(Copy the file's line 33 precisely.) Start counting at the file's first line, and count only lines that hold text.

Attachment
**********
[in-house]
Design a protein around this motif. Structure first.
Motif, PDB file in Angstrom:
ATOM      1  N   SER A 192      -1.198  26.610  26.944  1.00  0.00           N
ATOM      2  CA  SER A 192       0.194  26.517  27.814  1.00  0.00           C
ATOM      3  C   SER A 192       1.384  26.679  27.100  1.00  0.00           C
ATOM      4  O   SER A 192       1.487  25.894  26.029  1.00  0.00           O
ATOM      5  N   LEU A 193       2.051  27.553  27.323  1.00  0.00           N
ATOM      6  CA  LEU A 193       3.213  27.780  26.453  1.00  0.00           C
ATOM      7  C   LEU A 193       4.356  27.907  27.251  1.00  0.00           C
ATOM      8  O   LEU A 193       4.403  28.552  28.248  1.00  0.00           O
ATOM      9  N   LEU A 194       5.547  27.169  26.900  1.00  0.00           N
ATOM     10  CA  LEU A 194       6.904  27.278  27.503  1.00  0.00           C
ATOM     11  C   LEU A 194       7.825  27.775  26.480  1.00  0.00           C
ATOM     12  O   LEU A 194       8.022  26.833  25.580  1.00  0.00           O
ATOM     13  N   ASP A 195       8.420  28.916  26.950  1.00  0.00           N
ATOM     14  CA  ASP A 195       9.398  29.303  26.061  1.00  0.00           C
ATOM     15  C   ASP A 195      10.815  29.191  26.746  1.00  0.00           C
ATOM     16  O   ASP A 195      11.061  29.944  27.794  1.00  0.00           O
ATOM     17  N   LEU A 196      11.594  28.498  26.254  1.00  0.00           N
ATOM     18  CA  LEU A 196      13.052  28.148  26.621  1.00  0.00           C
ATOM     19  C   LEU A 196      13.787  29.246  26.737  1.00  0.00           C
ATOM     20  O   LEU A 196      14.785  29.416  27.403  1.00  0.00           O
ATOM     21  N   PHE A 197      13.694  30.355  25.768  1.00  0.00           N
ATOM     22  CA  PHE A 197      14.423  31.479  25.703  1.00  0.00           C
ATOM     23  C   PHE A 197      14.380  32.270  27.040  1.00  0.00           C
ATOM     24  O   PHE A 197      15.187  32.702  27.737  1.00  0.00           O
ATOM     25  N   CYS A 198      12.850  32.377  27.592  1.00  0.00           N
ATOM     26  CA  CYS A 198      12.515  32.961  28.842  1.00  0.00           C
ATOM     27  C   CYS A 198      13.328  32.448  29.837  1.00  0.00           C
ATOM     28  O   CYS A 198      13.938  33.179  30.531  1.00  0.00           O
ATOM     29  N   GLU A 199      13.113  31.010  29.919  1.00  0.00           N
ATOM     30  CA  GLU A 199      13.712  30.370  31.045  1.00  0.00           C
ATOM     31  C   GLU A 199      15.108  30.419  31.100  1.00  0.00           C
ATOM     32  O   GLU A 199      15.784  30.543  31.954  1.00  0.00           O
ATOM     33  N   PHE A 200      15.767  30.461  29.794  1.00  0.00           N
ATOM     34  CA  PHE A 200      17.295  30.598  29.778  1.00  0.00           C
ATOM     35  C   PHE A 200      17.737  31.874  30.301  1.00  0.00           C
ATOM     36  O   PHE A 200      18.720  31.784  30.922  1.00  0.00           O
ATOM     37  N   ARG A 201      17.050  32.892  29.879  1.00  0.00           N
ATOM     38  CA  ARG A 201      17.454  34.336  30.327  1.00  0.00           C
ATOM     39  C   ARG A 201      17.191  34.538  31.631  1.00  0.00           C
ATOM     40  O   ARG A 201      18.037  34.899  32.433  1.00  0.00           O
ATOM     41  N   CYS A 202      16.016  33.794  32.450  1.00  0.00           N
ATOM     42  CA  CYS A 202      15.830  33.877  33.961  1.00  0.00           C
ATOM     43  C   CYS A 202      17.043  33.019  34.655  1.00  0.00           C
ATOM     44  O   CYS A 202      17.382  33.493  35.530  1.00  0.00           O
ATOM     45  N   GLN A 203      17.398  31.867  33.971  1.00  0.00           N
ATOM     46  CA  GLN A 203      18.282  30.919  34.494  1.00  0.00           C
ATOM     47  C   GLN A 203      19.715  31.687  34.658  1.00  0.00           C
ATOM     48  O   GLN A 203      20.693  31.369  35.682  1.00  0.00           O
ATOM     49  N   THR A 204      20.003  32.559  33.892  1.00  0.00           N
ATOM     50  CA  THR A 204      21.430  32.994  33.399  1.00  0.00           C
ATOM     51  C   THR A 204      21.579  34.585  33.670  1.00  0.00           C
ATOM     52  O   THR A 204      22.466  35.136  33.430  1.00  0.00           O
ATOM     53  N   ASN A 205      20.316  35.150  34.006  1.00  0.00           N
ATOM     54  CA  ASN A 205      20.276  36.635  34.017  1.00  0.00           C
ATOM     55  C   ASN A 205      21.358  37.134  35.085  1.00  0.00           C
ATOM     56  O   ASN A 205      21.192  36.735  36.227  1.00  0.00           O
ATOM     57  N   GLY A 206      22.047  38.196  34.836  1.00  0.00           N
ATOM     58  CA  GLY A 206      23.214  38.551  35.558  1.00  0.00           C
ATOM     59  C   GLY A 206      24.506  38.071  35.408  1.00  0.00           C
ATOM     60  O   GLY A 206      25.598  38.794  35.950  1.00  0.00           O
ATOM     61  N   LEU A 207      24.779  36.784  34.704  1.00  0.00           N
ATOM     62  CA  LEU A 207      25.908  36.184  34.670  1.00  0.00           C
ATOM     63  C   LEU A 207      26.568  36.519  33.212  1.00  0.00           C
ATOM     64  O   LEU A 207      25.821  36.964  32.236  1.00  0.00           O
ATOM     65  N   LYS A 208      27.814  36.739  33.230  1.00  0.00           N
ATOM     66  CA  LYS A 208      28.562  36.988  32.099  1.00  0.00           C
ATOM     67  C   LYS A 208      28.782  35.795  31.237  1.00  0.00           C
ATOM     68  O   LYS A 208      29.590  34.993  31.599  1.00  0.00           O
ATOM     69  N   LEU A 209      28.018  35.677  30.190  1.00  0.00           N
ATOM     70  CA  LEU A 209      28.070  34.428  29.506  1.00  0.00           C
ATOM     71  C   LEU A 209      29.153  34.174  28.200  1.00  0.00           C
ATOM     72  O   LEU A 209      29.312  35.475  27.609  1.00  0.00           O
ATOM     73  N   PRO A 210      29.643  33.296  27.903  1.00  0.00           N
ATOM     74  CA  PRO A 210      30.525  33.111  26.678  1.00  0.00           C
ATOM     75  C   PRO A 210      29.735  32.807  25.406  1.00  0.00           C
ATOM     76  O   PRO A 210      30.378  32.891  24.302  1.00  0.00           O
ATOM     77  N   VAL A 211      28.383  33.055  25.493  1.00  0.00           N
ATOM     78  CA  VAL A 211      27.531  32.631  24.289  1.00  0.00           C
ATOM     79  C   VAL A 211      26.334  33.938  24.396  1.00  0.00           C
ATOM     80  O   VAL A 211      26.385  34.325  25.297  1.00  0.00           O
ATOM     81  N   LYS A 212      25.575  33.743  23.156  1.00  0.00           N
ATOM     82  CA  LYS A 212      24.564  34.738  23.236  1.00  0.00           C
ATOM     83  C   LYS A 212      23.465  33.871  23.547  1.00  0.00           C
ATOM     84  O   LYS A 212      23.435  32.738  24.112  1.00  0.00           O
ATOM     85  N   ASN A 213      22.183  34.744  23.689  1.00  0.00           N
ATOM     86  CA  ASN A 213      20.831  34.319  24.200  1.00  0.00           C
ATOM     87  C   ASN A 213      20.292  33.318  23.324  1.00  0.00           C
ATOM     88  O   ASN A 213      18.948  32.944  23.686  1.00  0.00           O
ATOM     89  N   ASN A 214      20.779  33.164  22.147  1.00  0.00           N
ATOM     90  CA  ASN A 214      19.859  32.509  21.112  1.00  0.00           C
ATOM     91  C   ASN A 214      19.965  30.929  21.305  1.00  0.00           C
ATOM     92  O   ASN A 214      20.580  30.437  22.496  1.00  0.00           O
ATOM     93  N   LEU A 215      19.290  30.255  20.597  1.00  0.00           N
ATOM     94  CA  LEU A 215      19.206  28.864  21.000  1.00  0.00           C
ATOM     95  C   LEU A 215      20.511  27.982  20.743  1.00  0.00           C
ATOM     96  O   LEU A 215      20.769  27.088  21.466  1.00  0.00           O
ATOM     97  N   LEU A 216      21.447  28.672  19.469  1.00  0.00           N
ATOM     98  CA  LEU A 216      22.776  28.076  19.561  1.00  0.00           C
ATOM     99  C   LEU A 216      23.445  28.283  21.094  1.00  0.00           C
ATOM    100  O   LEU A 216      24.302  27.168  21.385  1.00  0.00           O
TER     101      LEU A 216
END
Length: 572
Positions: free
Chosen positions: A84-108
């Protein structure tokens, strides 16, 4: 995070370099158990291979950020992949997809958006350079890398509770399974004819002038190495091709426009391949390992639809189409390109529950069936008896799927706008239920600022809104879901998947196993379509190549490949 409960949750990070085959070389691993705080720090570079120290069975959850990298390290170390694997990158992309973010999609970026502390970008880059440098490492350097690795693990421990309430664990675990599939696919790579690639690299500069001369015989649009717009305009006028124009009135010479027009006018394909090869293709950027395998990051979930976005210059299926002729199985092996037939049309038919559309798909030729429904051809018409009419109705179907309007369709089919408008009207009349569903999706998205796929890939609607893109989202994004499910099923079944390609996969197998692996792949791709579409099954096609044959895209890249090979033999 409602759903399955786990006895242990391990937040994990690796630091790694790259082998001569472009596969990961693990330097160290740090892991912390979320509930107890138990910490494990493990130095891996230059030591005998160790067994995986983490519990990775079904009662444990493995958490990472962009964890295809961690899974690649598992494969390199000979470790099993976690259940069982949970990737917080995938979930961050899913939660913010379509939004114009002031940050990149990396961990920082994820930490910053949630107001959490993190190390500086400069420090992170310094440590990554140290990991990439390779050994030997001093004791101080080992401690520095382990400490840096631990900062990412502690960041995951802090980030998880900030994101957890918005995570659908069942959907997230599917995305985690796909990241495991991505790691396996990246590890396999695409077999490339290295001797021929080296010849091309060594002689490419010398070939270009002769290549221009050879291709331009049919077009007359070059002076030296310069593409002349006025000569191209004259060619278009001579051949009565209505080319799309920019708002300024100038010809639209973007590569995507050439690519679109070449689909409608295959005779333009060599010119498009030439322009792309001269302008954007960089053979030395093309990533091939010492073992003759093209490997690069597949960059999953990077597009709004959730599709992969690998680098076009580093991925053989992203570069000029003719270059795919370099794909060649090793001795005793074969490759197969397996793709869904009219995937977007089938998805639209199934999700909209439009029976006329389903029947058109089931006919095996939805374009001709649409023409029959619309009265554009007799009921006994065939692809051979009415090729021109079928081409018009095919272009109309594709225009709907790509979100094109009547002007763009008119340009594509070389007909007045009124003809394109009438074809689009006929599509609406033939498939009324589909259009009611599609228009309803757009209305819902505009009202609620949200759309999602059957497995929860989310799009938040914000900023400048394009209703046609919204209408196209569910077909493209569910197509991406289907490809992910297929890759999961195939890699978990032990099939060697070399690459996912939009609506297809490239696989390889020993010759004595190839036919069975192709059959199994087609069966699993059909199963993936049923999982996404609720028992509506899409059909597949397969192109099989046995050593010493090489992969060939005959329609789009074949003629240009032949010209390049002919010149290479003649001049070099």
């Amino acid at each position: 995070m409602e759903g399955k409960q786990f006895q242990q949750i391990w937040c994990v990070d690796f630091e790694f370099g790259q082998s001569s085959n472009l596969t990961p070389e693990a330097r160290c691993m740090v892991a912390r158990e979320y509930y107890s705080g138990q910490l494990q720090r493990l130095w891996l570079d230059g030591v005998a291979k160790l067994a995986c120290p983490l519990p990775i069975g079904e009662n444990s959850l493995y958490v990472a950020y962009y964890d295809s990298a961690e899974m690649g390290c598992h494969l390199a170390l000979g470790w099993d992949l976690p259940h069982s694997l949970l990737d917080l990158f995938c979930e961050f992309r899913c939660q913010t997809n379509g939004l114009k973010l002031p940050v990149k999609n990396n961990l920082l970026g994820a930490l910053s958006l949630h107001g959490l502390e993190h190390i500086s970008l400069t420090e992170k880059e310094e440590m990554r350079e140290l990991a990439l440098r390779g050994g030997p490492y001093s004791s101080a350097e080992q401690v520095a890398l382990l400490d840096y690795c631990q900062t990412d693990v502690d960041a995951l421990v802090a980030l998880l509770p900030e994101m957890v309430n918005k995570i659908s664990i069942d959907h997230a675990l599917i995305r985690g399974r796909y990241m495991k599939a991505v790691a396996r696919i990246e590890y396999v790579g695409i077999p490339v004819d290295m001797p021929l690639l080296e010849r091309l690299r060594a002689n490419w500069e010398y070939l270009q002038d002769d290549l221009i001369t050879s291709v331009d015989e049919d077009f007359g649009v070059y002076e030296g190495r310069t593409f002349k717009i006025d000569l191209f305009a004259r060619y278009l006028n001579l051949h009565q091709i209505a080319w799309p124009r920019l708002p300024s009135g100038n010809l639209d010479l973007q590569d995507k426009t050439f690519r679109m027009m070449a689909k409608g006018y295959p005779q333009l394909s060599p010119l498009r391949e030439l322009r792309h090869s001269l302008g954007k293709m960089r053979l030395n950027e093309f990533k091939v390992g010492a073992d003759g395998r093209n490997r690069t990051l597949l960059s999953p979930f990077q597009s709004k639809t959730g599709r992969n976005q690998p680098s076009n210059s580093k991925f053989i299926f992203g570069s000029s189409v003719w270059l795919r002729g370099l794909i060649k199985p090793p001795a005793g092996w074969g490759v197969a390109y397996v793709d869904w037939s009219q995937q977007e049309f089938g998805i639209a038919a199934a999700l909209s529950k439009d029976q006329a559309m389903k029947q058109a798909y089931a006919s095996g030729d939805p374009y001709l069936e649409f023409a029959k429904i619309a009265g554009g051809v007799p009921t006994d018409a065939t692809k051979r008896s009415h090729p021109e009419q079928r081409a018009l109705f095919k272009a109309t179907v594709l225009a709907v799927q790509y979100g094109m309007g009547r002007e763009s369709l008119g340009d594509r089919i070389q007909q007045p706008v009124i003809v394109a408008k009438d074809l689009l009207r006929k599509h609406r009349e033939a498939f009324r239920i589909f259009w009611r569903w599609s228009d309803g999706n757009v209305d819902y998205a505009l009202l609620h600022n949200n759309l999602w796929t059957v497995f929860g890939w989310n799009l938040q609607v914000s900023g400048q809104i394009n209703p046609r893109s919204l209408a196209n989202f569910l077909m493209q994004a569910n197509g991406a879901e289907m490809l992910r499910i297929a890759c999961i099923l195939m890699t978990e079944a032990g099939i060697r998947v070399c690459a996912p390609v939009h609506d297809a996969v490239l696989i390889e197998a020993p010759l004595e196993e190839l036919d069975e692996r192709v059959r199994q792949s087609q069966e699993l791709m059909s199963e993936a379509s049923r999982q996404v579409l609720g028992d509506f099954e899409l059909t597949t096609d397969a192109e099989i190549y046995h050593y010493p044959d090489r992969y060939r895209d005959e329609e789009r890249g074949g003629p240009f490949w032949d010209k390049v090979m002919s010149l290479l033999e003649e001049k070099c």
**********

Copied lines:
ATOM     30  CA  GLU A 199      13.712  30.370  31.045  1.00  0.00           C